Health & Safety updates from your Charlotte Symphony >> CLICK HERE

An Orchestra is Formed in Charlotte 

The inspiring and unique story of the founding of the Charlotte Symphony

In 1931, Spanish conductor/composer Guillermo de Roxlo and his wife, Kitty, and son, William, emigrated from Cuba to Charlotte with the help of a local family, who hosted the de Roxlos in their basement. Guillermo began teaching violin but had dreams of starting a Symphony Orchestra in his new hometown.

Katherine Roxlo, granddaughter of Founding Music Director Guillermo de Roxlo.

On March 20, 1932, 57 local musicians gathered on stage for the inaugural concert of the Charlotte Symphony. The skies were cloudy on that Palm Sunday afternoon as hundreds of Charlotteans poured into the Carolina Theatre on Tryon Street to survey the new orchestra. The free concert was sponsored by the Charlotte Parks and Recreation Commission.

The musicians on stage had answered an invitation in the newspaper, taken out by de Roxlo himself, inviting anyone interested in starting an orchestra to meet at Central High School. Rehearsals had begun in December for the group, which comprised nearly 50% women - a rarity in that time!

The program opened with Mozart's Overture to The Marriage of Figaro, Debussy's Reverie, Wagner's Prelude to Lohengrin, and selections from Grieg's Peer Gynt Suite. The grand finale was the premiere of de Roxlo's own Symphony in F.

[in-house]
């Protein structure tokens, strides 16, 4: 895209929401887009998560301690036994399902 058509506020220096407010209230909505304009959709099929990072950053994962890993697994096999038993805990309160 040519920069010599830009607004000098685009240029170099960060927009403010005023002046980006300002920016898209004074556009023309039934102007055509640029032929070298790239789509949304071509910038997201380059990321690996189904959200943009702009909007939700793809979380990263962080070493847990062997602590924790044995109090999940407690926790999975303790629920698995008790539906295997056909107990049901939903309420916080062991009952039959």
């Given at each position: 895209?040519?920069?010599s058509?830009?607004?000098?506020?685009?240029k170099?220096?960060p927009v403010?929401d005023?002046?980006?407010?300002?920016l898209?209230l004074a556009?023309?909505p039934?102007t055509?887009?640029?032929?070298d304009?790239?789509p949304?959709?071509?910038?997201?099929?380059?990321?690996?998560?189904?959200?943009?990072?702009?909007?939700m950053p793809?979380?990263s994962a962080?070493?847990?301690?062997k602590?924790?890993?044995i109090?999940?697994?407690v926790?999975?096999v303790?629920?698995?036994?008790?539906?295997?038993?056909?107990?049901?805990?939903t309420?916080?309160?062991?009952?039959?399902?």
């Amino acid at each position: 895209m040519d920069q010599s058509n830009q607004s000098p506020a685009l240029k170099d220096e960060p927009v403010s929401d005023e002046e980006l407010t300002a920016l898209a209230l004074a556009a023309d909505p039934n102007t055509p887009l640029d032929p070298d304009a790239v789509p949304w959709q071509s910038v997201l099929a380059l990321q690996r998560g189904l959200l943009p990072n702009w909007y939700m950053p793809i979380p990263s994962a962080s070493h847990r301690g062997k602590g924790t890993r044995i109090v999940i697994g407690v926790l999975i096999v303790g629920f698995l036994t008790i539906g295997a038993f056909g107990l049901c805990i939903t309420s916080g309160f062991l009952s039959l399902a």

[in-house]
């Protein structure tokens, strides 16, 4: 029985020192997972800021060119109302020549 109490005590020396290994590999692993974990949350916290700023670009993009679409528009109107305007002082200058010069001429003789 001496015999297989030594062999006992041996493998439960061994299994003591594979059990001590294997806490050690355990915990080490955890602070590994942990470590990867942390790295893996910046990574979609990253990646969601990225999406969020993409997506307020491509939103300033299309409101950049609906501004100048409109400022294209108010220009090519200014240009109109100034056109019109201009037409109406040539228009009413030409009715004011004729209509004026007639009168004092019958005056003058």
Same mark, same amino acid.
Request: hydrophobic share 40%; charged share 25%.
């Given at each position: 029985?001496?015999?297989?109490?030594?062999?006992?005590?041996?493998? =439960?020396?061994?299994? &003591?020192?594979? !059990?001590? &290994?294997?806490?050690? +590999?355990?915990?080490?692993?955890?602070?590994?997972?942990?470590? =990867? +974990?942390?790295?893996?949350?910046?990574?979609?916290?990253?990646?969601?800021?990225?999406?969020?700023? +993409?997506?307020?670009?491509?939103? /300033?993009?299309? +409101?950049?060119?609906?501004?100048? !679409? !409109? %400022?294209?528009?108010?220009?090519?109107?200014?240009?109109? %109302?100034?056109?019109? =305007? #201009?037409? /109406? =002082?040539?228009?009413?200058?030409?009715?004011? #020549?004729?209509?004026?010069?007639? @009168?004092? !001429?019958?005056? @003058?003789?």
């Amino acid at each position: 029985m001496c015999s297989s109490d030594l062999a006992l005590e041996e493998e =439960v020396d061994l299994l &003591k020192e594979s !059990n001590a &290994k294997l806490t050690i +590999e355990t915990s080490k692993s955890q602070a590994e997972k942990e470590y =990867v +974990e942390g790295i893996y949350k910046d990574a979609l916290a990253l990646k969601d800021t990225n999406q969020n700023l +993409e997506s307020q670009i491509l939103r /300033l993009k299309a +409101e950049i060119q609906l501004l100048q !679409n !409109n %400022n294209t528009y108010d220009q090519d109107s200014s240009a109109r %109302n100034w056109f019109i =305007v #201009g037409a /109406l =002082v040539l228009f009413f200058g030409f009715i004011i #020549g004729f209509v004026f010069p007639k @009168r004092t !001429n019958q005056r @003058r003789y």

The brand-new symphony was "received with enthusiasm" according to Hazel Mizelle's review for The Charlotte Observer the following day. The Charlotte News proclaimed a "new era of musical life in Charlotte is believed to have been started."

That first season, the Charlotte Symphony had a budget of $60. Neither de Roxlo nor the musicians were paid. At that time, the population of Charlotte was 82,675 and the average income was $874 per year. A copy of The Charlotte Observer cost 10 cents on Sundays and an upright piano went for around $80.

Looking north from South Tryon and First Streets in the mid-1930's.

The next few seasons saw a move to the 500-seat Alexander Graham Junior High School Auditorium, and the CSO formed its first board. J. Spencer Bell, Principal Flutist and local attorney, was named President. He would later go on to become a State Senator and was nominated by President John F. Kennedy to the United States Court of Appeals for the Fourth Circuit.

With those first tentative seasons under its belt, the Charlotte Symphony would begin to grow exponentially. The Orchestra that began as a dream for Guillermo de Roxlo, has grown into a fixture of the arts and culture scene in Charlotte; one that has touched the lives of hundreds of thousands of Charlotteans and visitors for nearly a century.